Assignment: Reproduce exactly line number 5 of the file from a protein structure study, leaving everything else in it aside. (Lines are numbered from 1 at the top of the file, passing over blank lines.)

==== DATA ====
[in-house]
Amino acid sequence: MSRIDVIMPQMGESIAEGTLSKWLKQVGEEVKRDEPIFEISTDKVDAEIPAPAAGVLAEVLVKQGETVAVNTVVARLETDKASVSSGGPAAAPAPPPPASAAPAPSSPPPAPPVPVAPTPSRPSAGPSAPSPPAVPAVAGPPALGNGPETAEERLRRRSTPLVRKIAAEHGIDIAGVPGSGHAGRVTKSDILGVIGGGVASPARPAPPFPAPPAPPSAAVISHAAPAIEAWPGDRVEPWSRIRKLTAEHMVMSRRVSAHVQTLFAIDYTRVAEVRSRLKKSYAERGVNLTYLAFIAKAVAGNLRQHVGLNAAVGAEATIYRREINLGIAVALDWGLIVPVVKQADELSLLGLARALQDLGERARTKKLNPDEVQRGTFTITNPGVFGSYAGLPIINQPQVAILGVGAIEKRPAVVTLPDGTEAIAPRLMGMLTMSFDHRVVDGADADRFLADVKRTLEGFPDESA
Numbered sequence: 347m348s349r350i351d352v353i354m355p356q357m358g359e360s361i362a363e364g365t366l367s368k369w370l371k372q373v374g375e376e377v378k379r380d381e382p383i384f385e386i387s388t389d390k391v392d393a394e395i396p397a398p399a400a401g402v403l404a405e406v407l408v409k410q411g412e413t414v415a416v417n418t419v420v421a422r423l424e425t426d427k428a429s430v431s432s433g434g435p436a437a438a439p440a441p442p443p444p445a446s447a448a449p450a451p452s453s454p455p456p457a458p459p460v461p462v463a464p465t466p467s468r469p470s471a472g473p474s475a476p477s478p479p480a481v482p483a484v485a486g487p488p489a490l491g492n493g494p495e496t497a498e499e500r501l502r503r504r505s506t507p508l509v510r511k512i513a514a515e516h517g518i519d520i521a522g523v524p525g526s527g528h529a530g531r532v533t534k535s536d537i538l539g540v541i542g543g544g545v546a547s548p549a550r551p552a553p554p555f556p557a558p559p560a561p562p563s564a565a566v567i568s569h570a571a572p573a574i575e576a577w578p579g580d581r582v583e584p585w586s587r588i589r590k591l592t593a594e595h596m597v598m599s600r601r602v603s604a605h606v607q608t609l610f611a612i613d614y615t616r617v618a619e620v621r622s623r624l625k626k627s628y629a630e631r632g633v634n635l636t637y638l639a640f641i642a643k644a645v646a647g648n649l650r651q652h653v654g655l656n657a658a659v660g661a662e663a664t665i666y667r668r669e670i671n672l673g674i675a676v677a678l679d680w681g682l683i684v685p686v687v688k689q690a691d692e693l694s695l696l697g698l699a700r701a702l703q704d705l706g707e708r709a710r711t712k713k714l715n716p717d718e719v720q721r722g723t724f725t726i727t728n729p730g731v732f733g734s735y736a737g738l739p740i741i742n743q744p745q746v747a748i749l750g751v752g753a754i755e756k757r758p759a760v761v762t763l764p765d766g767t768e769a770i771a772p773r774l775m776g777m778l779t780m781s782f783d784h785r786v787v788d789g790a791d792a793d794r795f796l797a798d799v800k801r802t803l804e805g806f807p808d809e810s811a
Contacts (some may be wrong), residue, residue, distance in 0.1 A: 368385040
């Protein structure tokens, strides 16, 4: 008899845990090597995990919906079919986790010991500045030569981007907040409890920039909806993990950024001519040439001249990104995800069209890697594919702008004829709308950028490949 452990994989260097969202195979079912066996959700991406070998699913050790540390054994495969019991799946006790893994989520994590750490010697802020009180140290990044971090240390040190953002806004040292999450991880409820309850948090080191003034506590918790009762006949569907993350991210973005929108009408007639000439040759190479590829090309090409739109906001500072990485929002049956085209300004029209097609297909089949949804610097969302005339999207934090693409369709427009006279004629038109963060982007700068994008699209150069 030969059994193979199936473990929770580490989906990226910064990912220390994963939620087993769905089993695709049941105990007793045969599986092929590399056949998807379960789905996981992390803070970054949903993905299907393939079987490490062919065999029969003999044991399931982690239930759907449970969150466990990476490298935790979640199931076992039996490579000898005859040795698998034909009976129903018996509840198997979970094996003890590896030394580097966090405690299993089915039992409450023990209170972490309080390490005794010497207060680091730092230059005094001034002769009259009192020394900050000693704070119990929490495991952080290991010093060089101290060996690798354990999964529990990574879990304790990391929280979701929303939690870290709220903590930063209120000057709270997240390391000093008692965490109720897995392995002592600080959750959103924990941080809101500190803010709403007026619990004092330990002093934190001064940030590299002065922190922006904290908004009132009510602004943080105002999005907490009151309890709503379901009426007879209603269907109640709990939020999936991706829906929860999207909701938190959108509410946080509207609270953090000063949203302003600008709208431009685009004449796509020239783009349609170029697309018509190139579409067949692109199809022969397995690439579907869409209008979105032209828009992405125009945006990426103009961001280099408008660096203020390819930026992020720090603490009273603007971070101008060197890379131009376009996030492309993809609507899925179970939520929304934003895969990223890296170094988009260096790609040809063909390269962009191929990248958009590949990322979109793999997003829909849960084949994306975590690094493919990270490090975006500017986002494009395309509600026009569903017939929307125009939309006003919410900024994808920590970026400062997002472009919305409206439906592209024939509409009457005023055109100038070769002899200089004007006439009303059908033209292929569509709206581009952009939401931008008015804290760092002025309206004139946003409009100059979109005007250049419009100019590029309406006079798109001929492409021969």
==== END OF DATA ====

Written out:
């Protein structure tokens, strides 16, 4: 008899845990090597995990919906079919986790010991500045030569981007907040409890920039909806993990950024001519040439001249990104995800069209890697594919702008004829709308950028490949 452990994989260097969202195979079912066996959700991406070998699913050790540390054994495969019991799946006790893994989520994590750490010697802020009180140290990044971090240390040190953002806004040292999450991880409820309850948090080191003034506590918790009762006949569907993350991210973005929108009408007639000439040759190479590829090309090409739109906001500072990485929002049956085209300004029209097609297909089949949804610097969302005339999207934090693409369709427009006279004629038109963060982007700068994008699209150069 030969059994193979199936473990929770580490989906990226910064990912220390994963939620087993769905089993695709049941105990007793045969599986092929590399056949998807379960789905996981992390803070970054949903993905299907393939079987490490062919065999029969003999044991399931982690239930759907449970969150466990990476490298935790979640199931076992039996490579000898005859040795698998034909009976129903018996509840198997979970094996003890590896030394580097966090405690299993089915039992409450023990209170972490309080390490005794010497207060680091730092230059005094001034002769009259009192020394900050000693704070119990929490495991952080290991010093060089101290060996690798354990999964529990990574879990304790990391929280979701929303939690870290709220903590930063209120000057709270997240390391000093008692965490109720897995392995002592600080959750959103924990941080809101500190803010709403007026619990004092330990002093934190001064940030590299002065922190922006904290908004009132009510602004943080105002999005907490009151309890709503379901009426007879209603269907109640709990939020999936991706829906929860999207909701938190959108509410946080509207609270953090000063949203302003600008709208431009685009004449796509020239783009349609170029697309018509190139579409067949692109199809022969397995690439579907869409209008979105032209828009992405125009945006990426103009961001280099408008660096203020390819930026992020720090603490009273603007971070101008060197890379131009376009996030492309993809609507899925179970939520929304934003895969990223890296170094988009260096790609040809063909390269962009191929990248958009590949990322979109793999997003829909849960084949994306975590690094493919990270490090975006500017986002494009395309509600026009569903017939929307125009939309006003919410900024994808920590970026400062997002472009919305409206439906592209024939509409009457005023055109100038070769002899200089004007006439009303059908033209292929569509709206581009952009939401931008008015804290760092002025309206004139946003409009100059979109005007250049419009100019590029309406006079798109001929492409021969």